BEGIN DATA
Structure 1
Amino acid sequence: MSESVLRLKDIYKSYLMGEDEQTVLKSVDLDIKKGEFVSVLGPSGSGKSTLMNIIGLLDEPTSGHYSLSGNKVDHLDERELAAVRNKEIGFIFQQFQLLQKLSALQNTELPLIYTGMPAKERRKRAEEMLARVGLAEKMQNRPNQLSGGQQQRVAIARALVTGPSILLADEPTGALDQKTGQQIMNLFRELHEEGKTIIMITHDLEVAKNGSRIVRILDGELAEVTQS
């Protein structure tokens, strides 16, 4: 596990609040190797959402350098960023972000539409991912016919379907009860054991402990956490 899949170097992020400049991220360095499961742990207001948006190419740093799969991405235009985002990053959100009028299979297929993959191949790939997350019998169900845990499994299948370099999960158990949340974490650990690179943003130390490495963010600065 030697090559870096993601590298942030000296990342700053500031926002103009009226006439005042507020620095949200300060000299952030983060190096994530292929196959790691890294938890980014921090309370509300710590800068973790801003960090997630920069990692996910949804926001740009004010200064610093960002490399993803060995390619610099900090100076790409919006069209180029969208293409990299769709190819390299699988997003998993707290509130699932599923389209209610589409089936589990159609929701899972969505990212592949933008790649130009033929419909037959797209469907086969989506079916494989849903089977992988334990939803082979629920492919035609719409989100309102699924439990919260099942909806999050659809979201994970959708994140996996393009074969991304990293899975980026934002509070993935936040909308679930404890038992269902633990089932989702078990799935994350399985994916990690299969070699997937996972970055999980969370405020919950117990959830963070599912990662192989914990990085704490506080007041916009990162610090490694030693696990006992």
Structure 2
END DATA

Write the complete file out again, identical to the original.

Structure 1
Amino acid sequence: MSESVLRLKDIYKSYLMGEDEQTVLKSVDLDIKKGEFVSVLGPSGSGKSTLMNIIGLLDEPTSGHYSLSGNKVDHLDERELAAVRNKEIGFIFQQFQLLQKLSALQNTELPLIYTGMPAKERRKRAEEMLARVGLAEKMQNRPNQLSGGQQQRVAIARALVTGPSILLADEPTGALDQKTGQQIMNLFRELHEEGKTIIMITHDLEVAKNGSRIVRILDGELAEVTQS
């Protein structure tokens, strides 16, 4: 596990609040190797959402350098960023972000539409991912016919379907009860054991402990956490 899949170097992020400049991220360095499961742990207001948006190419740093799969991405235009985002990053959100009028299979297929993959191949790939997350019998169900845990499994299948370099999960158990949340974490650990690179943003130390490495963010600065 030697090559870096993601590298942030000296990342700053500031926002103009009226006439005042507020620095949200300060000299952030983060190096994530292929196959790691890294938890980014921090309370509300710590800068973790801003960090997630920069990692996910949804926001740009004010200064610093960002490399993803060995390619610099900090100076790409919006069209180029969208293409990299769709190819390299699988997003998993707290509130699932599923389209209610589409089936589990159609929701899972969505990212592949933008790649130009033929419909037959797209469907086969989506079916494989849903089977992988334990939803082979629920492919035609719409989100309102699924439990919260099942909806999050659809979201994970959708994140996996393009074969991304990293899975980026934002509070993935936040909308679930404890038992269902633990089932989702078990799935994350399985994916990690299969070699997937996972970055999980969370405020919950117990959830963070599912990662192989914990990085704490506080007041916009990162610090490694030693696990006992």
Structure 2